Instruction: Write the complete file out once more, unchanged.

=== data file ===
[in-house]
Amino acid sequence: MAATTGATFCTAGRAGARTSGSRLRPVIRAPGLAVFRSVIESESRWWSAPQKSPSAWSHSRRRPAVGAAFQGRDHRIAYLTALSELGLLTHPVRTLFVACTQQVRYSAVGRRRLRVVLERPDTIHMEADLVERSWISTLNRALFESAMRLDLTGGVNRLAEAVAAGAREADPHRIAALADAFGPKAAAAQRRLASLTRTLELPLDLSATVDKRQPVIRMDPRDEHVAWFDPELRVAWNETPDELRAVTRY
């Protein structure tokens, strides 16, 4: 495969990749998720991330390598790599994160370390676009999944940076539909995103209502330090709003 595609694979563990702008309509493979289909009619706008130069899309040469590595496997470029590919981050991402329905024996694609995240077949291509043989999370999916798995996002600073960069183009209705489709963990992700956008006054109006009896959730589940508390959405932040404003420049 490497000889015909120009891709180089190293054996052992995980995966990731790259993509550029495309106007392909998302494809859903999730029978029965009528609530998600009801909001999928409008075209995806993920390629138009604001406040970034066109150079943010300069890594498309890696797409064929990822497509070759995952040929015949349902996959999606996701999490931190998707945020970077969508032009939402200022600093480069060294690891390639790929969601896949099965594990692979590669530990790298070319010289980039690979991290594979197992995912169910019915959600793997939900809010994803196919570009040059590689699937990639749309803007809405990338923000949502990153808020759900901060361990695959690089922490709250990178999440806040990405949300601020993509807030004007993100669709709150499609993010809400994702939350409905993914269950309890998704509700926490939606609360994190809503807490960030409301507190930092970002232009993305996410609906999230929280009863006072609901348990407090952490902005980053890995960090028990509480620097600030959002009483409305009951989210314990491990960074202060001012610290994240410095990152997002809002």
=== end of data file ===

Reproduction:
[in-house]
Amino acid sequence: MAATTGATFCTAGRAGARTSGSRLRPVIRAPGLAVFRSVIESESRWWSAPQKSPSAWSHSRRRPAVGAAFQGRDHRIAYLTALSELGLLTHPVRTLFVACTQQVRYSAVGRRRLRVVLERPDTIHMEADLVERSWISTLNRALFESAMRLDLTGGVNRLAEAVAAGAREADPHRIAALADAFGPKAAAAQRRLASLTRTLELPLDLSATVDKRQPVIRMDPRDEHVAWFDPELRVAWNETPDELRAVTRY
């Protein structure tokens, strides 16, 4: 495969990749998720991330390598790599994160370390676009999944940076539909995103209502330090709003 595609694979563990702008309509493979289909009619706008130069899309040469590595496997470029590919981050991402329905024996694609995240077949291509043989999370999916798995996002600073960069183009209705489709963990992700956008006054109006009896959730589940508390959405932040404003420049 490497000889015909120009891709180089190293054996052992995980995966990731790259993509550029495309106007392909998302494809859903999730029978029965009528609530998600009801909001999928409008075209995806993920390629138009604001406040970034066109150079943010300069890594498309890696797409064929990822497509070759995952040929015949349902996959999606996701999490931190998707945020970077969508032009939402200022600093480069060294690891390639790929969601896949099965594990692979590669530990790298070319010289980039690979991290594979197992995912169910019915959600793997939900809010994803196919570009040059590689699937990639749309803007809405990338923000949502990153808020759900901060361990695959690089922490709250990178999440806040990405949300601020993509807030004007993100669709709150499609993010809400994702939350409905993914269950309890998704509700926490939606609360994190809503807490960030409301507190930092970002232009993305996410609906999230929280009863006072609901348990407090952490902005980053890995960090028990509480620097600030959002009483409305009951989210314990491990960074202060001012610290994240410095990152997002809002």